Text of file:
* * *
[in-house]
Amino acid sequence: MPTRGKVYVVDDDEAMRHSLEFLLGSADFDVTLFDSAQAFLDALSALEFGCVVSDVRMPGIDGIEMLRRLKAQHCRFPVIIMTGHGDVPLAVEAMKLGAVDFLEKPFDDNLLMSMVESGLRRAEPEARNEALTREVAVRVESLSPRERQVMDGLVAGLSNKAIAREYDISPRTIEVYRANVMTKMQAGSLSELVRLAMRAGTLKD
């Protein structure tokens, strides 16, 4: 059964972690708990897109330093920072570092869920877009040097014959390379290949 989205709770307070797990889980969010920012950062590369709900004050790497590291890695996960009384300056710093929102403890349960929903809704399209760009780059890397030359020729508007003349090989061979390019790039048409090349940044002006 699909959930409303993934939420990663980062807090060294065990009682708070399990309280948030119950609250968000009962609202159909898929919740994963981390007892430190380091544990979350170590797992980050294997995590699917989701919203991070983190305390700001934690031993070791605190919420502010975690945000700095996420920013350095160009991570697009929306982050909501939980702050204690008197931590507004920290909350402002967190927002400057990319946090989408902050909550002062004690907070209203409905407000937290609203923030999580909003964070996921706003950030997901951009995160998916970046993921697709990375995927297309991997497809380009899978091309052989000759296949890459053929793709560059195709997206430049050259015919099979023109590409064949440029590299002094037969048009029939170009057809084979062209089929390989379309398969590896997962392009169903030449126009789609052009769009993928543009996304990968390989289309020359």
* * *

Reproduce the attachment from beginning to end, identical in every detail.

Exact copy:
[in-house]
Amino acid sequence: MPTRGKVYVVDDDEAMRHSLEFLLGSADFDVTLFDSAQAFLDALSALEFGCVVSDVRMPGIDGIEMLRRLKAQHCRFPVIIMTGHGDVPLAVEAMKLGAVDFLEKPFDDNLLMSMVESGLRRAEPEARNEALTREVAVRVESLSPRERQVMDGLVAGLSNKAIAREYDISPRTIEVYRANVMTKMQAGSLSELVRLAMRAGTLKD
């Protein structure tokens, strides 16, 4: 059964972690708990897109330093920072570092869920877009040097014959390379290949 989205709770307070797990889980969010920012950062590369709900004050790497590291890695996960009384300056710093929102403890349960929903809704399209760009780059890397030359020729508007003349090989061979390019790039048409090349940044002006 699909959930409303993934939420990663980062807090060294065990009682708070399990309280948030119950609250968000009962609202159909898929919740994963981390007892430190380091544990979350170590797992980050294997995590699917989701919203991070983190305390700001934690031993070791605190919420502010975690945000700095996420920013350095160009991570697009929306982050909501939980702050204690008197931590507004920290909350402002967190927002400057990319946090989408902050909550002062004690907070209203409905407000937290609203923030999580909003964070996921706003950030997901951009995160998916970046993921697709990375995927297309991997497809380009899978091309052989000759296949890459053929793709560059195709997206430049050259015919099979023109590409064949440029590299002094037969048009029939170009057809084979062209089929390989379309398969590896997962392009169903030449126009789609052009769009993928543009996304990968390989289309020359």